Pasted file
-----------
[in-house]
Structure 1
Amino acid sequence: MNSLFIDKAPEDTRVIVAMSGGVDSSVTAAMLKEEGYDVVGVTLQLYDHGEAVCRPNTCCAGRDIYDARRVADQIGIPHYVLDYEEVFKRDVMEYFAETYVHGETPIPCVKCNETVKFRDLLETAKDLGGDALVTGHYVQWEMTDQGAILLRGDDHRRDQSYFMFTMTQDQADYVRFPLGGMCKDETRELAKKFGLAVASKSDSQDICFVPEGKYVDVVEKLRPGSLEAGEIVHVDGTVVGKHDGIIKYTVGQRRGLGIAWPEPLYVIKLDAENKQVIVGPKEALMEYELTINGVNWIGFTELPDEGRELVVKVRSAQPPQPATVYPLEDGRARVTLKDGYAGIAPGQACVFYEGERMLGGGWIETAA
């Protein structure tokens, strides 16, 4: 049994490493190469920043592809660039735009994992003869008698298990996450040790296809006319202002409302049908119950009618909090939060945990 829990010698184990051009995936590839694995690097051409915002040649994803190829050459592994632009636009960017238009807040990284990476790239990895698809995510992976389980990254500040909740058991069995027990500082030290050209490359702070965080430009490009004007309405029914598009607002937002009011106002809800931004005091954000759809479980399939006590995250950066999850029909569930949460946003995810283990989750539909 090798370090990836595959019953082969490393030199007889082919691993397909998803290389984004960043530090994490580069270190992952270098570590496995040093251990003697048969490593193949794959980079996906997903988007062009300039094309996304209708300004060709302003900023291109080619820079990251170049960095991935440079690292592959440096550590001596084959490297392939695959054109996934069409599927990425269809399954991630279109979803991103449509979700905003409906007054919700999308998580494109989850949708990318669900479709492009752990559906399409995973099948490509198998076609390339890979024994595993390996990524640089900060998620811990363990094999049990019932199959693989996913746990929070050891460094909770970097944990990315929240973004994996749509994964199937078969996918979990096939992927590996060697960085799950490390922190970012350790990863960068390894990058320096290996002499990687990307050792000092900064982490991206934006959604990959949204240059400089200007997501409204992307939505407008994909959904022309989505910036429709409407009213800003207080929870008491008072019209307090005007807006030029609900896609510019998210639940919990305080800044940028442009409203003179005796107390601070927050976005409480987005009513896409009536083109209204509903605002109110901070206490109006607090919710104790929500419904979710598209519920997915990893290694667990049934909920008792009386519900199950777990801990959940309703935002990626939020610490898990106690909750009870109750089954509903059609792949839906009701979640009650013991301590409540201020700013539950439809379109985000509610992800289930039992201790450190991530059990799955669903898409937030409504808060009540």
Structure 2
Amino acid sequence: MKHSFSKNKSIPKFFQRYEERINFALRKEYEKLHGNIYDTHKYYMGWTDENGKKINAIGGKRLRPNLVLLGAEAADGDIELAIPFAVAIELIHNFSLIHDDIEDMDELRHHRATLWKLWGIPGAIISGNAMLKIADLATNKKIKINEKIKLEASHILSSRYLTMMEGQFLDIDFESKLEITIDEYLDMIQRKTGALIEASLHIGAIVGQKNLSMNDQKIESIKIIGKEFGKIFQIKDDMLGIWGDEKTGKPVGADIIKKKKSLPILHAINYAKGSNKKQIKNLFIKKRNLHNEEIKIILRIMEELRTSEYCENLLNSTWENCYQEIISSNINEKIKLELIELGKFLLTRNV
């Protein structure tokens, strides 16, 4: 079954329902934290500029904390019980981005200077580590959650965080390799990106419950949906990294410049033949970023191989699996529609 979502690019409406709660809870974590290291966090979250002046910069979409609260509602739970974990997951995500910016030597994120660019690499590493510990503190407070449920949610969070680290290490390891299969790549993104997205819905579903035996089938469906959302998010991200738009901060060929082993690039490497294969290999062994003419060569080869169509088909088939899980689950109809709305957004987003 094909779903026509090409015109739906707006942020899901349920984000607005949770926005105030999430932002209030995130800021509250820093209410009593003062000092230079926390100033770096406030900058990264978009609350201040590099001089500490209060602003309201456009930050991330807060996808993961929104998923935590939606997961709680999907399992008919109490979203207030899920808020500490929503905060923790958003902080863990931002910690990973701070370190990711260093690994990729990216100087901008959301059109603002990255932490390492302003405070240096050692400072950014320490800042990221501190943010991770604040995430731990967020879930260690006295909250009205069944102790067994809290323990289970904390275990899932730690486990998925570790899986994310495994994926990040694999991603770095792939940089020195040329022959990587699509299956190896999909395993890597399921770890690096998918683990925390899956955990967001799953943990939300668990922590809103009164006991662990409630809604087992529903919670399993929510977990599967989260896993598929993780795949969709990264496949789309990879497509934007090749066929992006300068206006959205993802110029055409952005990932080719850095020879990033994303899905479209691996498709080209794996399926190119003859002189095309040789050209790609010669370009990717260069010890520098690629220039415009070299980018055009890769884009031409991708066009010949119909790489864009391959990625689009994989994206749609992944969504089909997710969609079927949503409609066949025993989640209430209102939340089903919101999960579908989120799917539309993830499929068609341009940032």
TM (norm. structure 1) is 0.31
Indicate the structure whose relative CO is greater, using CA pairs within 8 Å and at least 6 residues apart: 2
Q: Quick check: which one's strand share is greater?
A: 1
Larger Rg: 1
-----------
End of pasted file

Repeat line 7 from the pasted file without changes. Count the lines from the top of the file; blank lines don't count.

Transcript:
């Protein structure tokens, strides 16, 4: 079954329902934290500029904390019980981005200077580590959650965080390799990106419950949906990294410049033949970023191989699996529609 979502690019409406709660809870974590290291966090979250002046910069979409609260509602739970974990997951995500910016030597994120660019690499590493510990503190407070449920949610969070680290290490390891299969790549993104997205819905579903035996089938469906959302998010991200738009901060060929082993690039490497294969290999062994003419060569080869169509088909088939899980689950109809709305957004987003 094909779903026509090409015109739906707006942020899901349920984000607005949770926005105030999430932002209030995130800021509250820093209410009593003062000092230079926390100033770096406030900058990264978009609350201040590099001089500490209060602003309201456009930050991330807060996808993961929104998923935590939606997961709680999907399992008919109490979203207030899920808020500490929503905060923790958003902080863990931002910690990973701070370190990711260093690994990729990216100087901008959301059109603002990255932490390492302003405070240096050692400072950014320490800042990221501190943010991770604040995430731990967020879930260690006295909250009205069944102790067994809290323990289970904390275990899932730690486990998925570790899986994310495994994926990040694999991603770095792939940089020195040329022959990587699509299956190896999909395993890597399921770890690096998918683990925390899956955990967001799953943990939300668990922590809103009164006991662990409630809604087992529903919670399993929510977990599967989260896993598929993780795949969709990264496949789309990879497509934007090749066929992006300068206006959205993802110029055409952005990932080719850095020879990033994303899905479209691996498709080209794996399926190119003859002189095309040789050209790609010669370009990717260069010890520098690629220039415009070299980018055009890769884009031409991708066009010949119909790489864009391959990625689009994989994206749609992944969504089909997710969609079927949503409609066949025993989640209430209102939340089903919101999960579908989120799917539309993830499929068609341009940032």